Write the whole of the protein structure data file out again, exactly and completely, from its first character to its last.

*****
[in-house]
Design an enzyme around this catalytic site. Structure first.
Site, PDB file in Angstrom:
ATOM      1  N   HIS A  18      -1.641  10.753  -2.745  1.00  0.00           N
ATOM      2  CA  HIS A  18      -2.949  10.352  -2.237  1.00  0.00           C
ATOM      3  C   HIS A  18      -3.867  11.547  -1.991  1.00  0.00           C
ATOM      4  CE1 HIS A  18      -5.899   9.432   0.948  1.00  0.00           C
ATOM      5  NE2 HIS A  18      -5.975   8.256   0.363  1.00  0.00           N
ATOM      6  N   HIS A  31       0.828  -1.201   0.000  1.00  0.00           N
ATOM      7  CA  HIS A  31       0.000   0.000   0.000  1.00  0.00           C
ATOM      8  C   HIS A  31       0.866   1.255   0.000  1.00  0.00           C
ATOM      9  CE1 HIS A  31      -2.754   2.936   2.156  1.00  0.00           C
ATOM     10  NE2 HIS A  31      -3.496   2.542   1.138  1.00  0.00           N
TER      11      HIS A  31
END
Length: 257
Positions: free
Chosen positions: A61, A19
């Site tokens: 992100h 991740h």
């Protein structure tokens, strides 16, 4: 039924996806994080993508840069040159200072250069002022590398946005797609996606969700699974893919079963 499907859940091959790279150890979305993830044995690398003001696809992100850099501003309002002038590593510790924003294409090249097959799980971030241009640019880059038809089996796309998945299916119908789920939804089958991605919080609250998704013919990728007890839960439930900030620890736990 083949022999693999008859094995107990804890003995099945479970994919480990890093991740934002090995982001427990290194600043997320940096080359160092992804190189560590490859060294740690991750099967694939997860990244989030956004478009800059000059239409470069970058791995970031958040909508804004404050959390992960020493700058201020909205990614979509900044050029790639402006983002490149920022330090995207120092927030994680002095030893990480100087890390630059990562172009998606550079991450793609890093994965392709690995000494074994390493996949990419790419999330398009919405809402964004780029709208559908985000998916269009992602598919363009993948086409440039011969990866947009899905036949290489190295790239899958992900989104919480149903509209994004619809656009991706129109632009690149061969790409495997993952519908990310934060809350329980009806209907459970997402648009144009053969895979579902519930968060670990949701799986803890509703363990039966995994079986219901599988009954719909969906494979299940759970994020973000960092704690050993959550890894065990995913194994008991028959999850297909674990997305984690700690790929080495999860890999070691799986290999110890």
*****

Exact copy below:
[in-house]
Design an enzyme around this catalytic site. Structure first.
Site, PDB file in Angstrom:
ATOM      1  N   HIS A  18      -1.641  10.753  -2.745  1.00  0.00           N
ATOM      2  CA  HIS A  18      -2.949  10.352  -2.237  1.00  0.00           C
ATOM      3  C   HIS A  18      -3.867  11.547  -1.991  1.00  0.00           C
ATOM      4  CE1 HIS A  18      -5.899   9.432   0.948  1.00  0.00           C
ATOM      5  NE2 HIS A  18      -5.975   8.256   0.363  1.00  0.00           N
ATOM      6  N   HIS A  31       0.828  -1.201   0.000  1.00  0.00           N
ATOM      7  CA  HIS A  31       0.000   0.000   0.000  1.00  0.00           C
ATOM      8  C   HIS A  31       0.866   1.255   0.000  1.00  0.00           C
ATOM      9  CE1 HIS A  31      -2.754   2.936   2.156  1.00  0.00           C
ATOM     10  NE2 HIS A  31      -3.496   2.542   1.138  1.00  0.00           N
TER      11      HIS A  31
END
Length: 257
Positions: free
Chosen positions: A61, A19
């Site tokens: 992100h 991740h």
């Protein structure tokens, strides 16, 4: 039924996806994080993508840069040159200072250069002022590398946005797609996606969700699974893919079963 499907859940091959790279150890979305993830044995690398003001696809992100850099501003309002002038590593510790924003294409090249097959799980971030241009640019880059038809089996796309998945299916119908789920939804089958991605919080609250998704013919990728007890839960439930900030620890736990 083949022999693999008859094995107990804890003995099945479970994919480990890093991740934002090995982001427990290194600043997320940096080359160092992804190189560590490859060294740690991750099967694939997860990244989030956004478009800059000059239409470069970058791995970031958040909508804004404050959390992960020493700058201020909205990614979509900044050029790639402006983002490149920022330090995207120092927030994680002095030893990480100087890390630059990562172009998606550079991450793609890093994965392709690995000494074994390493996949990419790419999330398009919405809402964004780029709208559908985000998916269009992602598919363009993948086409440039011969990866947009899905036949290489190295790239899958992900989104919480149903509209994004619809656009991706129109632009690149061969790409495997993952519908990310934060809350329980009806209907459970997402648009144009053969895979579902519930968060670990949701799986803890509703363990039966995994079986219901599988009954719909969906494979299940759970994020973000960092704690050993959550890894065990995913194994008991028959999850297909674990997305984690700690790929080495999860890999070691799986290999110890």